The purpose of this study was to determine the associations between religion, spirituality, and mental health among gay and bisexual men (GBM). A U.S. national sample of 1,071 GBM completed an online survey that measured demographic characteristics, religiosity, religious coping, spirituality, and four mental health constructs (i.e., depressive symptoms, rejection sensitivity, resilience, and social support). Linear regressions determined the associations between each mental health construct, demographic variables, and the spirituality and religion variables. Controlling for demographic characteristics, spirituality was negatively associated with depressive symptoms and rejection sensitivity, and positively associated with resilience and social support (all p <.001). Religiosity was positively associated with rejection sensitivity (p <.05) and negatively associated with resilience (p <.01). Religious coping was positively associated with depression (p <.001) and rejection sensitivity (p <.05) and negatively associated with resilience (p <.05) and social support (p <.05). The interaction of spirituality with religiosity was significantly associated with all mental health variables. In general, religious GBM with higher levels of spirituality had better mental health outcomes. Public health interventions and clinical practice aimed at decreasing negative mental health outcomes among GBM may find it beneficial to integrate spirituality into their work.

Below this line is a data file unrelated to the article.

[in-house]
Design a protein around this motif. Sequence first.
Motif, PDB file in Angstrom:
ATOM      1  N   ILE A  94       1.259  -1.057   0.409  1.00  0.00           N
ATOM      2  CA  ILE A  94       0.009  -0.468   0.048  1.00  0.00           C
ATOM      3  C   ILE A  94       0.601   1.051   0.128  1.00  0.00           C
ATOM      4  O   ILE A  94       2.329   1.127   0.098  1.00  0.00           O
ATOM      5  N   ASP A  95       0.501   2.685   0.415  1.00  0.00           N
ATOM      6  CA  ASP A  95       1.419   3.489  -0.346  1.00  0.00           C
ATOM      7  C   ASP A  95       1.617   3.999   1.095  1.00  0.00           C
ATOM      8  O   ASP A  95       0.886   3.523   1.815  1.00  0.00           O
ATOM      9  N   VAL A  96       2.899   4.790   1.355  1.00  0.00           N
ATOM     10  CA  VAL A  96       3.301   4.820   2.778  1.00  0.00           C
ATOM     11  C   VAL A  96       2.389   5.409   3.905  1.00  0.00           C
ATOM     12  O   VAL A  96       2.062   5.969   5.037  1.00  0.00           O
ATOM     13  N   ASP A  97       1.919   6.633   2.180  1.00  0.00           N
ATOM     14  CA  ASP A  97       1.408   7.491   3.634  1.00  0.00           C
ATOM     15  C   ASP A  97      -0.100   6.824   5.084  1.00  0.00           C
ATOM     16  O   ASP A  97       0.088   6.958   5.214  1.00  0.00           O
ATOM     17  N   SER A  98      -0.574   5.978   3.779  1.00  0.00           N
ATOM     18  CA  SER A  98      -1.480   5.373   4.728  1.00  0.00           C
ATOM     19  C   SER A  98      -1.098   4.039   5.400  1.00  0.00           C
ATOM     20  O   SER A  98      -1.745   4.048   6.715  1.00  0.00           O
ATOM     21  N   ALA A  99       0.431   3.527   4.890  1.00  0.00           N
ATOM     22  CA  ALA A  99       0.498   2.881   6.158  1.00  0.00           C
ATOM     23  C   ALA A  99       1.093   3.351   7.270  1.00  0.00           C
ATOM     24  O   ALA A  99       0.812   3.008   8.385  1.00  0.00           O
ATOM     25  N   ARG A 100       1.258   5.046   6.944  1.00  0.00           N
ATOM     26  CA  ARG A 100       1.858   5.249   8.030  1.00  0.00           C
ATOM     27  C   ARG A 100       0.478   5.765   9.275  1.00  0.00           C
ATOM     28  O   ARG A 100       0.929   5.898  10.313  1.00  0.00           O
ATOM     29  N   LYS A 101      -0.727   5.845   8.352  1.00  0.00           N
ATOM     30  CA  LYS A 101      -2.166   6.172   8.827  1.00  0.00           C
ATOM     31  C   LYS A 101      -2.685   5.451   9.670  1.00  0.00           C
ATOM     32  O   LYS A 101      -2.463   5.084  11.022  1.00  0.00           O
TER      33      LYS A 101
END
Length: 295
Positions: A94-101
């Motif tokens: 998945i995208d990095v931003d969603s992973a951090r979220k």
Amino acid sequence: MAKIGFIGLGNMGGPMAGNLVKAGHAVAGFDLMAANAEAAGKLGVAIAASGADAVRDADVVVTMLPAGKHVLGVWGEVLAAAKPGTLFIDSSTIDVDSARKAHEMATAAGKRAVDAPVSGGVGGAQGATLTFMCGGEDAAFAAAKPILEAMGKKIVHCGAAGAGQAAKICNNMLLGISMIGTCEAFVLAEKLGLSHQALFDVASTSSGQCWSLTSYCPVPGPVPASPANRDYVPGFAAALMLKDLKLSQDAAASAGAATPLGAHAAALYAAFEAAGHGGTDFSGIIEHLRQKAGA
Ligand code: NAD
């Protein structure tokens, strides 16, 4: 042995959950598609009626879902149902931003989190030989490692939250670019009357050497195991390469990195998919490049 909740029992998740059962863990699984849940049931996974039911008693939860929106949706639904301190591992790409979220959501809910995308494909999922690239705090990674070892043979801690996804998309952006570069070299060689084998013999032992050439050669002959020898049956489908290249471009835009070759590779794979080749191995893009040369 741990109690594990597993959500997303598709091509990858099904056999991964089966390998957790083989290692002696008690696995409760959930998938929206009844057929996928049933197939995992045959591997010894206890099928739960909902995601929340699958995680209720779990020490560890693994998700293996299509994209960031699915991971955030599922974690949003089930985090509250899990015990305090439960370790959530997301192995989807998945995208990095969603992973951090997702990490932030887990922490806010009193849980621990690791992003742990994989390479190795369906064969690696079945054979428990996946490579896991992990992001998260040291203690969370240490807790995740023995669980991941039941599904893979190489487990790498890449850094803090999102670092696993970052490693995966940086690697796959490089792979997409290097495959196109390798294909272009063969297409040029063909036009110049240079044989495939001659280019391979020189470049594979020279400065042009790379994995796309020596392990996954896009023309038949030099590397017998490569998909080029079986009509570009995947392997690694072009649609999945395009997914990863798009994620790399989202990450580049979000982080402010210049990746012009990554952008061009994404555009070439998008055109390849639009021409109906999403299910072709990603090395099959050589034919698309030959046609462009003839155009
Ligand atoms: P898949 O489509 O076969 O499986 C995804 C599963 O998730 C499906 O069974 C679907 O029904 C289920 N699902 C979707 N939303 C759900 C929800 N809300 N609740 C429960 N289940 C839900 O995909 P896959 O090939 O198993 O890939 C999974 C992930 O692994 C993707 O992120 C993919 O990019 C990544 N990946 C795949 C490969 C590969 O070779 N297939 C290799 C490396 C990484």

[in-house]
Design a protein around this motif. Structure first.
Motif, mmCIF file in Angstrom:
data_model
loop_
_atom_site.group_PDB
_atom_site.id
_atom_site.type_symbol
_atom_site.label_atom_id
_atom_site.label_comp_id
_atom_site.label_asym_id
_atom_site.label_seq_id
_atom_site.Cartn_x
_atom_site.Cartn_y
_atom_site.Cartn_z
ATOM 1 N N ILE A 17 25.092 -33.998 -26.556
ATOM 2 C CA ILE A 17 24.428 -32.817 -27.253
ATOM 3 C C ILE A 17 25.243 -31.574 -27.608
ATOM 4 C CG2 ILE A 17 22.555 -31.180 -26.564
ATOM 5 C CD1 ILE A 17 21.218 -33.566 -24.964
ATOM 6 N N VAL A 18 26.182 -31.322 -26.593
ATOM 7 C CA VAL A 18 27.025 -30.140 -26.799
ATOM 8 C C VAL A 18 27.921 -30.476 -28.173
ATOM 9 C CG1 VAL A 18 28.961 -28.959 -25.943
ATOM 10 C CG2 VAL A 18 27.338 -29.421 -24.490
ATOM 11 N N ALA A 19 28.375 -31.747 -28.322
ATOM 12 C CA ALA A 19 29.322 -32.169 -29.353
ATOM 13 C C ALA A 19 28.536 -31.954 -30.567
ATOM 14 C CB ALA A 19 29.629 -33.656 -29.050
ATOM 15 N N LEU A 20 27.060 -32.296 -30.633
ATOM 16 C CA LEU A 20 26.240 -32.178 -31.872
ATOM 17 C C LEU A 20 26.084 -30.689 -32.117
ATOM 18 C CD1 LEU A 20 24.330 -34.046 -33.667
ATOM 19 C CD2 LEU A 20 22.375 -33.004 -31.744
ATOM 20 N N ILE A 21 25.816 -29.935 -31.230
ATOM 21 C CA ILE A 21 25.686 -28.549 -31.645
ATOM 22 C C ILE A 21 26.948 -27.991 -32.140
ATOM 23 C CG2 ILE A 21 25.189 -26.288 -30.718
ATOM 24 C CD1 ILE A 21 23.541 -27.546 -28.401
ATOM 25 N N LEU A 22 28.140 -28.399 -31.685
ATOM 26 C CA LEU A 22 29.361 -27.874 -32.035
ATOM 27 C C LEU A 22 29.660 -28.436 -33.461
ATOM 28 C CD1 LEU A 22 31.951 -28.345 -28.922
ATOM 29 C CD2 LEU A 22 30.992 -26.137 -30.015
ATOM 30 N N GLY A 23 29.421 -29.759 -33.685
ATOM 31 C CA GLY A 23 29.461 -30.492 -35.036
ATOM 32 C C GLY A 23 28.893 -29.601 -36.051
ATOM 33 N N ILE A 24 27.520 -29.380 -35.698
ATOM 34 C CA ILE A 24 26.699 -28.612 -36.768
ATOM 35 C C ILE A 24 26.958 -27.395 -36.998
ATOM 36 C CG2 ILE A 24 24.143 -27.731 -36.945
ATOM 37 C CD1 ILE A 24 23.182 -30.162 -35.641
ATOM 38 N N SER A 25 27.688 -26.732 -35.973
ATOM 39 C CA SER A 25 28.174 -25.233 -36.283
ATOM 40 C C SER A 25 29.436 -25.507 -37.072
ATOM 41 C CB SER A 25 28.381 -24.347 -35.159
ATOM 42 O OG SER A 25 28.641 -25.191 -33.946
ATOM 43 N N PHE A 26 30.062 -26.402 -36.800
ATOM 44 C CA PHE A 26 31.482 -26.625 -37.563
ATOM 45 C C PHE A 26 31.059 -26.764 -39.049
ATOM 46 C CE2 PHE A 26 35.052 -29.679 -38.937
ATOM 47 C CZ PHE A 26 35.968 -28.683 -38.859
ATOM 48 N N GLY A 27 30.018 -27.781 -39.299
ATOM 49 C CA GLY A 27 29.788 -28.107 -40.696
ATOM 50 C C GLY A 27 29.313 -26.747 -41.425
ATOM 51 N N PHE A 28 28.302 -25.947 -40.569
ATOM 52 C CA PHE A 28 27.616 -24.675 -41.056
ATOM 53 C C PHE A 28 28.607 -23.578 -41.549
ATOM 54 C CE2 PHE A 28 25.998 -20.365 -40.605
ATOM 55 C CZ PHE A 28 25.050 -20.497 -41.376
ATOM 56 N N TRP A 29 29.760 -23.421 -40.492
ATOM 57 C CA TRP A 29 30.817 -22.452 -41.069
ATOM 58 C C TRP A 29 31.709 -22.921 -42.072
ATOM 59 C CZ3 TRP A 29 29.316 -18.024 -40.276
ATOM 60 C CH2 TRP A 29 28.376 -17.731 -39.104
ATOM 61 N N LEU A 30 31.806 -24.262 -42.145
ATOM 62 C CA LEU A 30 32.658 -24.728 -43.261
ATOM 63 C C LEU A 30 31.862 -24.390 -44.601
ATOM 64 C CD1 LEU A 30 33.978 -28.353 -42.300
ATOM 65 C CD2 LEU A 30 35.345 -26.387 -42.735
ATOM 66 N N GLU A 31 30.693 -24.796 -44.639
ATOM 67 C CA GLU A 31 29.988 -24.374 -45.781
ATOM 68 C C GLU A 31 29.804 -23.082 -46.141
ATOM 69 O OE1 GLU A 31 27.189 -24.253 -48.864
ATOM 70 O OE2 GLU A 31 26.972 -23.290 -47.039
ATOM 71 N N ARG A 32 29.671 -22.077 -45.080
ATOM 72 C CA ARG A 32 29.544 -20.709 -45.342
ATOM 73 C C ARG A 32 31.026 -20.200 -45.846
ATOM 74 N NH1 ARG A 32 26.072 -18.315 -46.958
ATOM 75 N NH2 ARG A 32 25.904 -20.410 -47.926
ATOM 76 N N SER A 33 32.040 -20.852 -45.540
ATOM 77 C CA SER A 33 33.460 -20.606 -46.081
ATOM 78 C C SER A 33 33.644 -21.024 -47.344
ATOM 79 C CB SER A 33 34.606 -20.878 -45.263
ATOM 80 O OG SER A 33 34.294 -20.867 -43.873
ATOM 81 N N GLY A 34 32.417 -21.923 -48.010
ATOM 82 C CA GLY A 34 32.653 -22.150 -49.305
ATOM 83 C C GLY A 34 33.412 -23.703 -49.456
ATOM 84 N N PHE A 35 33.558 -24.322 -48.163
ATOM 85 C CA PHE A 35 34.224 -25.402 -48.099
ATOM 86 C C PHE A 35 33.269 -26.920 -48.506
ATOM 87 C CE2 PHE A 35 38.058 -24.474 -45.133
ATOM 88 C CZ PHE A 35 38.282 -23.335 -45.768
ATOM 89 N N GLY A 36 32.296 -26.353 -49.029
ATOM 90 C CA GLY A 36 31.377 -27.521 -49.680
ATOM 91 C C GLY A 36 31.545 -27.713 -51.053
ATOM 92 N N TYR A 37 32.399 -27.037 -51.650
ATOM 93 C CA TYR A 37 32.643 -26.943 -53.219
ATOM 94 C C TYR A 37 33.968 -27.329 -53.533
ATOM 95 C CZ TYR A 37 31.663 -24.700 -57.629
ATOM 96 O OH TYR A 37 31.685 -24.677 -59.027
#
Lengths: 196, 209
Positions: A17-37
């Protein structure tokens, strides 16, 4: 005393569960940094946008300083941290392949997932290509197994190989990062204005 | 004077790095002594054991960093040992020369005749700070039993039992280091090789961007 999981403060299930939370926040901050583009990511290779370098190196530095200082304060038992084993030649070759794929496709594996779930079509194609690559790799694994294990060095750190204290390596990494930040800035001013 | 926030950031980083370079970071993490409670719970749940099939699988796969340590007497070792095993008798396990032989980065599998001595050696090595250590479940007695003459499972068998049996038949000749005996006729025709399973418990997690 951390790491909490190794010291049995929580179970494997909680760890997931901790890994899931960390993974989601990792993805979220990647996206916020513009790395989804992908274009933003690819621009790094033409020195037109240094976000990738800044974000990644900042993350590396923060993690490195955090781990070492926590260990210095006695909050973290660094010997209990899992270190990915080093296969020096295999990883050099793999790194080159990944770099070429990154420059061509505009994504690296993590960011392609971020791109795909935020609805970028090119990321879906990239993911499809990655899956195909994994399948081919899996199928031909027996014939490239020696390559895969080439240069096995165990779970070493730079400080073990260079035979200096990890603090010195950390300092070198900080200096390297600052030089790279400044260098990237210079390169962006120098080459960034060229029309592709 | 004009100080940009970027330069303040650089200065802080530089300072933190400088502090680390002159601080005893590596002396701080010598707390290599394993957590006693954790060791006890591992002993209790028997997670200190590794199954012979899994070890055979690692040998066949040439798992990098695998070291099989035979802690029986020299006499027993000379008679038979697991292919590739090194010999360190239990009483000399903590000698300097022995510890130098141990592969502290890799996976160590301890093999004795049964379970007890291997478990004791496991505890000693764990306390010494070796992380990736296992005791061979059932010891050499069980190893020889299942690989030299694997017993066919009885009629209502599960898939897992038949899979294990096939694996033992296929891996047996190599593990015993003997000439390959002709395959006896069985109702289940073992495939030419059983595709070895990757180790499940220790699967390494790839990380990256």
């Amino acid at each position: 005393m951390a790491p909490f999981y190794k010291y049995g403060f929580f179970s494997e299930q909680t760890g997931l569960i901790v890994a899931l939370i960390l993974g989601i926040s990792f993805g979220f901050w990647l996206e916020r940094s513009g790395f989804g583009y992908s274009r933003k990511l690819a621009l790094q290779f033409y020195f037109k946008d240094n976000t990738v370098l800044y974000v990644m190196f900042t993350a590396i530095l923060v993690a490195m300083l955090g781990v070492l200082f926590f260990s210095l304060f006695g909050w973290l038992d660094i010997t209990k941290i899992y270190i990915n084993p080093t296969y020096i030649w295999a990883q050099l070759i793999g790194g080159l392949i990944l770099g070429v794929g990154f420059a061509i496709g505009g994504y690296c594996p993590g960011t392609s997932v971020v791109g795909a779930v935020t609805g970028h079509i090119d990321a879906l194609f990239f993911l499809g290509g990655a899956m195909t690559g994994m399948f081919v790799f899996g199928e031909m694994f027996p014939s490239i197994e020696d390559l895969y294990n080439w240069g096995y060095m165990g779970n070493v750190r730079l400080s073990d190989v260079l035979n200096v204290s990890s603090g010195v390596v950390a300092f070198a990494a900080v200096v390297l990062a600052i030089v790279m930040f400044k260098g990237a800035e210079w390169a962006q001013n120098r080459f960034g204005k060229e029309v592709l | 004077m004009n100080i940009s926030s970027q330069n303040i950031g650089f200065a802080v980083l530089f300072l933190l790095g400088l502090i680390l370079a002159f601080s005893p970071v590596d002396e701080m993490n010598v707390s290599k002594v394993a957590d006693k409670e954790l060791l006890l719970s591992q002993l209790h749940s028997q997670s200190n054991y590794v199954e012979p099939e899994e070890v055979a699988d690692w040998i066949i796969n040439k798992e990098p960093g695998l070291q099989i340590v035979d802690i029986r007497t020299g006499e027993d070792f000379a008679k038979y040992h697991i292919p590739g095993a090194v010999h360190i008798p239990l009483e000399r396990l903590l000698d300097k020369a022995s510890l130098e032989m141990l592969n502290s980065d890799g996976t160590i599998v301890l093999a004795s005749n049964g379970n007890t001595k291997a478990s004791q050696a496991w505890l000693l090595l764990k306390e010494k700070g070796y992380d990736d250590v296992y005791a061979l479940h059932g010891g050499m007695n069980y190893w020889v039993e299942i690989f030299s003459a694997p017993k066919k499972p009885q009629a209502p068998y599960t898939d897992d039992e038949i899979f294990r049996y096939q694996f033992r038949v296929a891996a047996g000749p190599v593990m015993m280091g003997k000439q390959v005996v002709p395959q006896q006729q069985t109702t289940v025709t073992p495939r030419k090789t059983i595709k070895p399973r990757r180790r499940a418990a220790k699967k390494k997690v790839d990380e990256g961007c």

All Science Journal Classification (ASJC) codes
- Social Psychology
- Religious studies
- Applied Psychology